The political system of Egypt can be classified as a semi-presidential republic following the Egyptian Revolution that occurred in 2011. Egypt was ruled by royal families for centuries until 1952, but the first elected president did not take office until 2011. The President of the country is elected for a four-year term which can be renewed once. Candidates for the presidency must provide 30,001 signatures from at least 15 different provinces in the nation or be supported by 30 members of a chamber of government. Candidates can also be nominated by any party holding at least one seat in the Egyptian parliament.

The last Egyptian national election took place in May of 2014, and there were only two candidates (Abdel Fattah el-Sisi and Hamdeen Sabahi). Sisi won 97% of the 2014 vote, a result that has been somewhat criticised by international observers. Just 47.5% of eligible voters turned out for this election, and the next elections are expected to be heavily controlled by the armed forces of Egypt.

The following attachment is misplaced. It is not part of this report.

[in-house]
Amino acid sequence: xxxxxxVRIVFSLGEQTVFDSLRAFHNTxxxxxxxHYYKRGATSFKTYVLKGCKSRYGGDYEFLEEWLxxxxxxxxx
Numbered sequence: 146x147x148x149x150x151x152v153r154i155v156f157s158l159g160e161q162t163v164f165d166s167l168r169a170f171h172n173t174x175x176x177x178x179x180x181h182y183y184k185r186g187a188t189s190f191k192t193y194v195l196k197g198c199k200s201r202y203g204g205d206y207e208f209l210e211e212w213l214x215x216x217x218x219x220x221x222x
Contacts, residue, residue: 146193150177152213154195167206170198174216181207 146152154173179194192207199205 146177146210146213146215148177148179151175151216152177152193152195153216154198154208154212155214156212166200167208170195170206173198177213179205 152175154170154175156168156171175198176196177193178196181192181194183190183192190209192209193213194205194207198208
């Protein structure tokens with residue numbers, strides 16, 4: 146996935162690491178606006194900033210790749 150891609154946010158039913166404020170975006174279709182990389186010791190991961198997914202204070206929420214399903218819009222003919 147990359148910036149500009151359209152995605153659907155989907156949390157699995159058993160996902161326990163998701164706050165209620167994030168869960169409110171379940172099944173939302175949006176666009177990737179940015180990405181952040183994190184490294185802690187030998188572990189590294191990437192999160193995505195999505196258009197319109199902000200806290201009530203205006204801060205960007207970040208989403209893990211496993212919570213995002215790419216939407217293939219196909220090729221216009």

The parliament of Egypt, located in Cairo, is made up of 596 seats, 448 of these elected through the individual candidacy system, 120 elected through party-lists, and 28 positions are selected by the president. Egypt did not have a parliament for three years from 2012-2015 and was back under dictatorial rule. The most recent elections for parliament took place during the later months of 2015. The legislature of Egypt is the oldest legislative chamber in both Africa and the Middle East having been founded in 1866.

Although Egypt is technically a multiparty system, there was only one dominant party before the 2011 Revolution, the National Democratic Party. Today, political parties in Egypt are allowed to form but must meet a number of strict guidelines.

This page was last modified on May 1st, 2018